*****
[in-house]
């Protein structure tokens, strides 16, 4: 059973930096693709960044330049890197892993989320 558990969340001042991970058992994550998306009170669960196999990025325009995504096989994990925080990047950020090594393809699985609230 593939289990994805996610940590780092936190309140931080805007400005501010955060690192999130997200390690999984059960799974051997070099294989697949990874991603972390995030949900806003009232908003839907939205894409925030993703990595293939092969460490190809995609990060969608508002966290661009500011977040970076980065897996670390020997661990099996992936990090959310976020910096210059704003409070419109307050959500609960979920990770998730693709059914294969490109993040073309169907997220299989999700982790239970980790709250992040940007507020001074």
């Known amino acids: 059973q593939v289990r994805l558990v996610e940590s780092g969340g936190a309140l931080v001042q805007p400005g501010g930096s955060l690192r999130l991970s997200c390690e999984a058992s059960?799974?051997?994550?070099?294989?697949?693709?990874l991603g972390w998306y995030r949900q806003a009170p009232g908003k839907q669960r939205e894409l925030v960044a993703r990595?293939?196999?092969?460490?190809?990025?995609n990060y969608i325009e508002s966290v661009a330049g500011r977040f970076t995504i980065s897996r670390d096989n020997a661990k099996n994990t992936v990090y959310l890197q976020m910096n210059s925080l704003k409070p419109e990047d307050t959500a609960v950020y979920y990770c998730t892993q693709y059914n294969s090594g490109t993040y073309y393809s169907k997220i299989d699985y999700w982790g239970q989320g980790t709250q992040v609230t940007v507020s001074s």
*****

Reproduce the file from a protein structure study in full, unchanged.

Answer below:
[in-house]
């Protein structure tokens, strides 16, 4: 059973930096693709960044330049890197892993989320 558990969340001042991970058992994550998306009170669960196999990025325009995504096989994990925080990047950020090594393809699985609230 593939289990994805996610940590780092936190309140931080805007400005501010955060690192999130997200390690999984059960799974051997070099294989697949990874991603972390995030949900806003009232908003839907939205894409925030993703990595293939092969460490190809995609990060969608508002966290661009500011977040970076980065897996670390020997661990099996992936990090959310976020910096210059704003409070419109307050959500609960979920990770998730693709059914294969490109993040073309169907997220299989999700982790239970980790709250992040940007507020001074």
């Known amino acids: 059973q593939v289990r994805l558990v996610e940590s780092g969340g936190a309140l931080v001042q805007p400005g501010g930096s955060l690192r999130l991970s997200c390690e999984a058992s059960?799974?051997?994550?070099?294989?697949?693709?990874l991603g972390w998306y995030r949900q806003a009170p009232g908003k839907q669960r939205e894409l925030v960044a993703r990595?293939?196999?092969?460490?190809?990025?995609n990060y969608i325009e508002s966290v661009a330049g500011r977040f970076t995504i980065s897996r670390d096989n020997a661990k099996n994990t992936v990090y959310l890197q976020m910096n210059s925080l704003k409070p419109e990047d307050t959500a609960v950020y979920y990770c998730t892993q693709y059914n294969s090594g490109t993040y073309y393809s169907k997220i299989d699985y999700w982790g239970q989320g980790t709250q992040v609230t940007v507020s001074s």